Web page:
Hand #5: Driving The Bus

When fully engaged in the game each play we make will be backed by a well formulated plan. Here we are dealt a premium hand out of position. Most of the time our hand strength alone would dictate a three bet, but against an opponent who has such a tight opening range we are much better served flatting. Our plan will be to keep the pot small preflop and either flop the best hand (we assume anytime we make a pair it will likely be best) or use our image of having a wide flatting range to take the pot away on bad flop textures for our opponent’s perceived range (pairs and AQ, AK). Here we have an unexpected caller from the big blind. Despite the flop (10, 7, 3 rainbow) being quite dry, we can take the lead with what is sometimes the best hand or otherwise a hand that has over card equity. Since we expect the big blind to fold every time he has nothing, and some of the time when he has only one pair (based on the pressure of potentially being raised by the player yet to act) we’re putting the big blind and original raiser in a spot where they must have a hand to continue. The preflop raiser’s call tells us one of two things: he either has one pair that we likely have outs against (assuming it’s not AA), or he has specifically top set of tens that he is slow playing. Either scenario is fine for us as we’ll slow down on turn cards that don’t improve our actual hand or our perceived range (what we are representing: set of 3’s, 7’s or T’s, 98 straight draw, or just a ten).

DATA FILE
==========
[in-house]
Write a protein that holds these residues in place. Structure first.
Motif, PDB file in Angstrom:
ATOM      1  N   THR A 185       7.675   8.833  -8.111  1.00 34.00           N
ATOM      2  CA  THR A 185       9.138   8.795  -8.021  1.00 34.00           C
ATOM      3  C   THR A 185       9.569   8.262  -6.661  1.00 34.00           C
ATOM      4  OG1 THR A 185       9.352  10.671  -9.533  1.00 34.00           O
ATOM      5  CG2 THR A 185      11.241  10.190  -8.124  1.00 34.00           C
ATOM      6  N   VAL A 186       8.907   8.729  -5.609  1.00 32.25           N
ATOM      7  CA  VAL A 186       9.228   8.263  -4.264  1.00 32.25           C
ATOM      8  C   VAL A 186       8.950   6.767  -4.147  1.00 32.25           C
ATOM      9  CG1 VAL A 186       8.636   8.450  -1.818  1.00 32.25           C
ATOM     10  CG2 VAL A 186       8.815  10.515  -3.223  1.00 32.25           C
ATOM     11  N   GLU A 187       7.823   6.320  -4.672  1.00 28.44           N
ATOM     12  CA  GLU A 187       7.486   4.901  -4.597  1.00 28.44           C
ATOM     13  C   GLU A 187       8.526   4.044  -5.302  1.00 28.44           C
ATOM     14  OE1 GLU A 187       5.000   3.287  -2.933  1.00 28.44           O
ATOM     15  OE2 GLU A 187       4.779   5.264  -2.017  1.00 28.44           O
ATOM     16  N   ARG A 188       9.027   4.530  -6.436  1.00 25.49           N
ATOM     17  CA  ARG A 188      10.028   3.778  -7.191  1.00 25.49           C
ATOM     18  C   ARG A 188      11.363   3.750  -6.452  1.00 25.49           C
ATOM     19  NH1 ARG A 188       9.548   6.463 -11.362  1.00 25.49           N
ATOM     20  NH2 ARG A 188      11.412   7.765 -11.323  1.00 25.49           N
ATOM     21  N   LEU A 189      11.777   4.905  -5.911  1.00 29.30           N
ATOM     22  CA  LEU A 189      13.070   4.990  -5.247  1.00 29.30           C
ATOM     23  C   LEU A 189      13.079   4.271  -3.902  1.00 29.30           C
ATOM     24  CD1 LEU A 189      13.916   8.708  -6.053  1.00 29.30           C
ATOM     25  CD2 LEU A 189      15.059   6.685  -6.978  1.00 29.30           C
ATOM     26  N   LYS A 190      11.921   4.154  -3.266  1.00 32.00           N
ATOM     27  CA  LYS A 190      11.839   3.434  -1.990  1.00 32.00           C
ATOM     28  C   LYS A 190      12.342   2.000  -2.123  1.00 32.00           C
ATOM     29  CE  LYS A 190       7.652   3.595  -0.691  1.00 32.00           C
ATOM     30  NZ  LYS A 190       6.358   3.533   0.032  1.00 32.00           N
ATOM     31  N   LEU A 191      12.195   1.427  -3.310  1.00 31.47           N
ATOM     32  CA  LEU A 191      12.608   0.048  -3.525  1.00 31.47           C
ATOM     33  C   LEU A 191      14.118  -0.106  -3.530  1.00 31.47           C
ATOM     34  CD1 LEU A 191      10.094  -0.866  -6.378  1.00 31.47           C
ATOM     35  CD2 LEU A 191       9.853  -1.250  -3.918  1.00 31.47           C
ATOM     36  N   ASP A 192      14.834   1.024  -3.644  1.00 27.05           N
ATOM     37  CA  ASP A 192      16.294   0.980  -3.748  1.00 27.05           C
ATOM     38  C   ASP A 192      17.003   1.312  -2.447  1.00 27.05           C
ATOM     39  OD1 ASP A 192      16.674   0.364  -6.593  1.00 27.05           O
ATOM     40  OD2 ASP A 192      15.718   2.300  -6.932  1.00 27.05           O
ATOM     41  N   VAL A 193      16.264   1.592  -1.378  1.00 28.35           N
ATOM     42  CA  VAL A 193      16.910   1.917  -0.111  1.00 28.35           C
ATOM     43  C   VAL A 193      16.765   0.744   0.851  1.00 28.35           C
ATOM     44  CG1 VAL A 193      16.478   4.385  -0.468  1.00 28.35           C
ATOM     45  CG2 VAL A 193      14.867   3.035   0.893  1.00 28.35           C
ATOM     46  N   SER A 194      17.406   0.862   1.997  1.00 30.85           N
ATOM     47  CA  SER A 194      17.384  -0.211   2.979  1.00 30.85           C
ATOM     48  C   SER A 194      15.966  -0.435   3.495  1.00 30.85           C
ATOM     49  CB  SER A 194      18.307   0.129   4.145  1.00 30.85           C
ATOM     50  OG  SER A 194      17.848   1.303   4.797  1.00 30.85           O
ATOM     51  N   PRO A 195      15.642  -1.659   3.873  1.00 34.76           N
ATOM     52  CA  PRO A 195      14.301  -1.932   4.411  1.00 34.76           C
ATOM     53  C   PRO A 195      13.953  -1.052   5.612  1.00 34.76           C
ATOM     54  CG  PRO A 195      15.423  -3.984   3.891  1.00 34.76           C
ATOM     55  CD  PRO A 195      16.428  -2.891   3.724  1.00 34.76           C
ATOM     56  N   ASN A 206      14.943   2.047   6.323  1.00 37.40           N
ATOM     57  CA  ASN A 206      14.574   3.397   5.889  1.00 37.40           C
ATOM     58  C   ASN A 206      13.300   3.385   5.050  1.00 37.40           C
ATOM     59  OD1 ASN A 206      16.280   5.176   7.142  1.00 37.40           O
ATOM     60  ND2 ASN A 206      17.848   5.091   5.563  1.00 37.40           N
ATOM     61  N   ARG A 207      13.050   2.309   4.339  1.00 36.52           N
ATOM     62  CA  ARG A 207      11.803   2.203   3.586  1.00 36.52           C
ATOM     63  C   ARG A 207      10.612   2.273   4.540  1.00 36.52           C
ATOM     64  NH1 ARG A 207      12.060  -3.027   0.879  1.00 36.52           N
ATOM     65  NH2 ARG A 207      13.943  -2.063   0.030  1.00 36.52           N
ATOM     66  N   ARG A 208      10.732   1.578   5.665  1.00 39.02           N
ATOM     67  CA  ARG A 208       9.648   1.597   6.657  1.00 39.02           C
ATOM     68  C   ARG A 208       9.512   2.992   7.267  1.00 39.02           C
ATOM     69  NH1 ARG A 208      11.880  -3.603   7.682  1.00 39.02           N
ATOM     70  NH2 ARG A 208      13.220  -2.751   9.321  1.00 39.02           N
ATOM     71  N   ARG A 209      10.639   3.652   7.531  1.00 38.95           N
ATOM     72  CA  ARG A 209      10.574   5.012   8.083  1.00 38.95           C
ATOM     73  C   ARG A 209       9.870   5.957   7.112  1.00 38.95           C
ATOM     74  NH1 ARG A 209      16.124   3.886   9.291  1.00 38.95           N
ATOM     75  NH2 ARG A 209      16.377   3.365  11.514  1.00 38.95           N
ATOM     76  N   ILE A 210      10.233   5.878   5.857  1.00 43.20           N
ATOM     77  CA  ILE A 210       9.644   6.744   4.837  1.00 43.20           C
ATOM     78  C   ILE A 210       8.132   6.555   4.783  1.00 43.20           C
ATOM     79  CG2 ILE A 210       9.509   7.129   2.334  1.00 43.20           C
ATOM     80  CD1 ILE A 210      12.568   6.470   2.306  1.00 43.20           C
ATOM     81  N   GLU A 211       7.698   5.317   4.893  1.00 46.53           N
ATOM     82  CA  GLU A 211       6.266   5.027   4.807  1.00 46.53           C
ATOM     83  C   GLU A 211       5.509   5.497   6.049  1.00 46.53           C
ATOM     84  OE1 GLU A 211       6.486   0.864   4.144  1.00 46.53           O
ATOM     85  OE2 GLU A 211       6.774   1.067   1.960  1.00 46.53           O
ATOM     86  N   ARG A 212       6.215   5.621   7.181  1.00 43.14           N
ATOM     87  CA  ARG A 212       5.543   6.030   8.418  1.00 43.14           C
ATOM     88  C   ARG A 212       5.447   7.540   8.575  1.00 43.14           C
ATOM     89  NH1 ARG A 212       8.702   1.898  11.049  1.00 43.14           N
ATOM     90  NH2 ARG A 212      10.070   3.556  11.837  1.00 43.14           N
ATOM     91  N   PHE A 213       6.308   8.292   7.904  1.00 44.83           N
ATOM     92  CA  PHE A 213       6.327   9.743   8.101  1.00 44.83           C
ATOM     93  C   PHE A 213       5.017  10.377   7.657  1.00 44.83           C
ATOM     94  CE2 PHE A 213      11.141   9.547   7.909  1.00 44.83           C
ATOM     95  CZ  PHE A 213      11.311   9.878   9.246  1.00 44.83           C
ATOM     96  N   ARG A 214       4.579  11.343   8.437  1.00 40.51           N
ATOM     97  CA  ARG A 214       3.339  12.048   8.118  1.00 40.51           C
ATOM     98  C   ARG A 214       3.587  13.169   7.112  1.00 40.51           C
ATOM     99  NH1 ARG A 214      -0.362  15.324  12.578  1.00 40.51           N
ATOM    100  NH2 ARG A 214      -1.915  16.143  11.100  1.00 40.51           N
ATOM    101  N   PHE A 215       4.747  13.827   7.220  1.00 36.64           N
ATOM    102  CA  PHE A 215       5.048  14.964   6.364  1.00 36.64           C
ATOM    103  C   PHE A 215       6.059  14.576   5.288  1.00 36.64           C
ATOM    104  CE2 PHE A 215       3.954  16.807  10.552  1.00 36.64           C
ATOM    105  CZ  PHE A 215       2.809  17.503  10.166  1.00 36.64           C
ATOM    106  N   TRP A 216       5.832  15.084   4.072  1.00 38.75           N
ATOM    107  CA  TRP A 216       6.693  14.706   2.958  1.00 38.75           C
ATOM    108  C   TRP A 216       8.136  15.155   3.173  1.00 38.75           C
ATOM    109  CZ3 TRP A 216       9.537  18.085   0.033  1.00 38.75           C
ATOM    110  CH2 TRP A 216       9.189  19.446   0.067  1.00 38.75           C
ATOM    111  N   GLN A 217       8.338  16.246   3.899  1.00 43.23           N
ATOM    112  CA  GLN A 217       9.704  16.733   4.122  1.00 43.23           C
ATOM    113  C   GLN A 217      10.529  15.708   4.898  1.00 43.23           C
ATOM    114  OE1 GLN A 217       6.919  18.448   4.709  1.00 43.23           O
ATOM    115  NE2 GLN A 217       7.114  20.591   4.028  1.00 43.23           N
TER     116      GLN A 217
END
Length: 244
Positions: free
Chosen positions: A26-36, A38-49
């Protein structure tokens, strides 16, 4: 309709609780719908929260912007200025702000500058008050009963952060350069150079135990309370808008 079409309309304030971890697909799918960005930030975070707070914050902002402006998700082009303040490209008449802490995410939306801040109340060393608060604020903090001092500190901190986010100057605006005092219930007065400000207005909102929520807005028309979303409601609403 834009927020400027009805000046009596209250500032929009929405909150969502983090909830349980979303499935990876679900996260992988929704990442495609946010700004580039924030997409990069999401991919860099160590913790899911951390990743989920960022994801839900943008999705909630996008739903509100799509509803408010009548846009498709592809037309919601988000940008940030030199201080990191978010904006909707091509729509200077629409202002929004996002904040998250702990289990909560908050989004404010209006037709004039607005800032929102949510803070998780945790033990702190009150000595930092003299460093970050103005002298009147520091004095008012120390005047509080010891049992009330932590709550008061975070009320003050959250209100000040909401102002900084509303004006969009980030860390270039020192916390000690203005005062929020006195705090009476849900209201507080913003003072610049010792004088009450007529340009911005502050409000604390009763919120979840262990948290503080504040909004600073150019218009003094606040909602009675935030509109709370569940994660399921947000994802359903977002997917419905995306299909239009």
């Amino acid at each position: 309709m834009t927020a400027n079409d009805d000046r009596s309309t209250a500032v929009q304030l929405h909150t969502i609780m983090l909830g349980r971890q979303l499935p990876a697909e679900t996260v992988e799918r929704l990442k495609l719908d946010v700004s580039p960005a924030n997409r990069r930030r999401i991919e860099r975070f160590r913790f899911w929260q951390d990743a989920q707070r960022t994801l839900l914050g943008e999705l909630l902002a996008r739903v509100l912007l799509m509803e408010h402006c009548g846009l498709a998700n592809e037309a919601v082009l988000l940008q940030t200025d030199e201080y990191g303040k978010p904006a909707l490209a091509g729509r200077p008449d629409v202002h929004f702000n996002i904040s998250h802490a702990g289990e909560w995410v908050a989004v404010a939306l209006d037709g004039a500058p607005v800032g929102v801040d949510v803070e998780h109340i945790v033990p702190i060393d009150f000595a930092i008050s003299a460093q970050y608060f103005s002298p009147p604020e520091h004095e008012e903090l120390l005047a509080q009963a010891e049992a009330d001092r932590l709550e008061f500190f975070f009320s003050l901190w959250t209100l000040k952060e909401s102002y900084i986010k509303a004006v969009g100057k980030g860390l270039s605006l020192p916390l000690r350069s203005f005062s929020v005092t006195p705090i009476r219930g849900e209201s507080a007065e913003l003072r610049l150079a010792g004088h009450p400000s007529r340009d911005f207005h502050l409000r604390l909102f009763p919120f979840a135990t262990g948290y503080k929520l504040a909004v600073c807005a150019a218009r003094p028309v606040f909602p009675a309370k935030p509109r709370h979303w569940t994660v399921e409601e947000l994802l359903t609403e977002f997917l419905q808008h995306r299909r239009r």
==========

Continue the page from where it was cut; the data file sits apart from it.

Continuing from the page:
Turn: The turn is actually a monster card for both our real hand and our perceived range, however, it also improves our opponent when he has JJ. Since JJ and TT are only small  portions of his holdings, coupled with his likelihood to misplay both of those hands as well as QQ, KK, AA, and AT, we elect to bet again. The obvious question is why not check in a spot where we are clearly beaten? Two reasons: First we can’t win the pot if we check. In other words he’s never folding when we check, moreover he’s rarely checking behind. The second reason to bet is we are able to set our own price. Against an opponent that I thought was incapable of ever folding one pair, or an opponent who I thought would often check behind/bet too small, I would elect to check. However, this specific opponent will be very likely to make a bet large enough that we can’t call profitably. Since the jack strengthens our representation of JT, sets and 98 I believe our fold equity greatly increases against naked one pair hands.

River: The one thing I can say about aggression is that it is often rewarded. Once he calls the turn it’s clear that if we make a hand we are certainly getting paid. It’s crucial we earn the maximum when we hit such a long shot. If our range assessment is accurate we know that most of our opponent’s hands are sets. That being said this becomes a perfect spot to go for an over bet. Of course check/raising is an option, but he’ll almost always check down KK and AA (where he may call some % of the time)  as well as bet and fold to our raise a lot of the time, yielding us a lower profit than if we had just dictated the price. Analyzing the hand after the fact we see that our opponent makes numerous mistakes, the largest being never attempting to push us off our equity share of the pot. If he puts in a raise on the flop or turn we are forced to surrender. Instead, he allows the board texture to continually deteriorate; even upon rivering a card that improves him, he faces a huge bet and ultimately loses the pot. Here in lies the biggest problem with bluff catching, far too often when pots swell and there is a river bet,  it’s no longer a bluff we are up against.

It’s very easy to lose sight of the big picture while playing a game for a living. But, this isn’t tiddlywinks. We’re playing for real money; cold hard cash, often in excess amounts that most people wouldn’t dream of risking. When signing up for this lifestyle, this career, it becomes our duty to give our undivided attention to the game; that is if we hope to succeed. Eliminate the mental mistakes and results will surely follow.